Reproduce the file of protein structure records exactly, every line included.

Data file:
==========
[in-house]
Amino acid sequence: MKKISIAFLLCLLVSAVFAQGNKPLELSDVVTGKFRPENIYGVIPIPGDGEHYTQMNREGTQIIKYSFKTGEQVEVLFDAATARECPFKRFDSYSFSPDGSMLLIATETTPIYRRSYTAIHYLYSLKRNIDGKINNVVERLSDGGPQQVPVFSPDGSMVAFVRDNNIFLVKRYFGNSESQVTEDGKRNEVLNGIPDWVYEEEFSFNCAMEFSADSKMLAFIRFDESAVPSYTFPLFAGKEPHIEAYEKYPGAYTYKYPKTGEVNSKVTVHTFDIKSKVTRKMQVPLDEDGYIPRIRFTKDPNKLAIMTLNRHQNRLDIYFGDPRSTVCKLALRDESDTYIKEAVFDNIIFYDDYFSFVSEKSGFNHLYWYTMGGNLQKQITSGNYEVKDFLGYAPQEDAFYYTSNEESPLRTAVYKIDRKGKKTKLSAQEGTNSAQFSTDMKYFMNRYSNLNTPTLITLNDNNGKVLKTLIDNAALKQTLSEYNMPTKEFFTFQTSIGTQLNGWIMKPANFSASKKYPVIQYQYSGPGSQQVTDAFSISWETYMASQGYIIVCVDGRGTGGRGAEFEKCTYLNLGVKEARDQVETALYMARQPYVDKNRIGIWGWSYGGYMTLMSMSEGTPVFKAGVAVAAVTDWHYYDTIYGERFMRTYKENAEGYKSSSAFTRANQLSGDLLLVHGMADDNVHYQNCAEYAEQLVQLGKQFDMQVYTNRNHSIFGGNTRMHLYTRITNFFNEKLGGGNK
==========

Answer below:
[in-house]
Amino acid sequence: MKKISIAFLLCLLVSAVFAQGNKPLELSDVVTGKFRPENIYGVIPIPGDGEHYTQMNREGTQIIKYSFKTGEQVEVLFDAATARECPFKRFDSYSFSPDGSMLLIATETTPIYRRSYTAIHYLYSLKRNIDGKINNVVERLSDGGPQQVPVFSPDGSMVAFVRDNNIFLVKRYFGNSESQVTEDGKRNEVLNGIPDWVYEEEFSFNCAMEFSADSKMLAFIRFDESAVPSYTFPLFAGKEPHIEAYEKYPGAYTYKYPKTGEVNSKVTVHTFDIKSKVTRKMQVPLDEDGYIPRIRFTKDPNKLAIMTLNRHQNRLDIYFGDPRSTVCKLALRDESDTYIKEAVFDNIIFYDDYFSFVSEKSGFNHLYWYTMGGNLQKQITSGNYEVKDFLGYAPQEDAFYYTSNEESPLRTAVYKIDRKGKKTKLSAQEGTNSAQFSTDMKYFMNRYSNLNTPTLITLNDNNGKVLKTLIDNAALKQTLSEYNMPTKEFFTFQTSIGTQLNGWIMKPANFSASKKYPVIQYQYSGPGSQQVTDAFSISWETYMASQGYIIVCVDGRGTGGRGAEFEKCTYLNLGVKEARDQVETALYMARQPYVDKNRIGIWGWSYGGYMTLMSMSEGTPVFKAGVAVAAVTDWHYYDTIYGERFMRTYKENAEGYKSSSAFTRANQLSGDLLLVHGMADDNVHYQNCAEYAEQLVQLGKQFDMQVYTNRNHSIFGGNTRMHLYTRITNFFNEKLGGGNK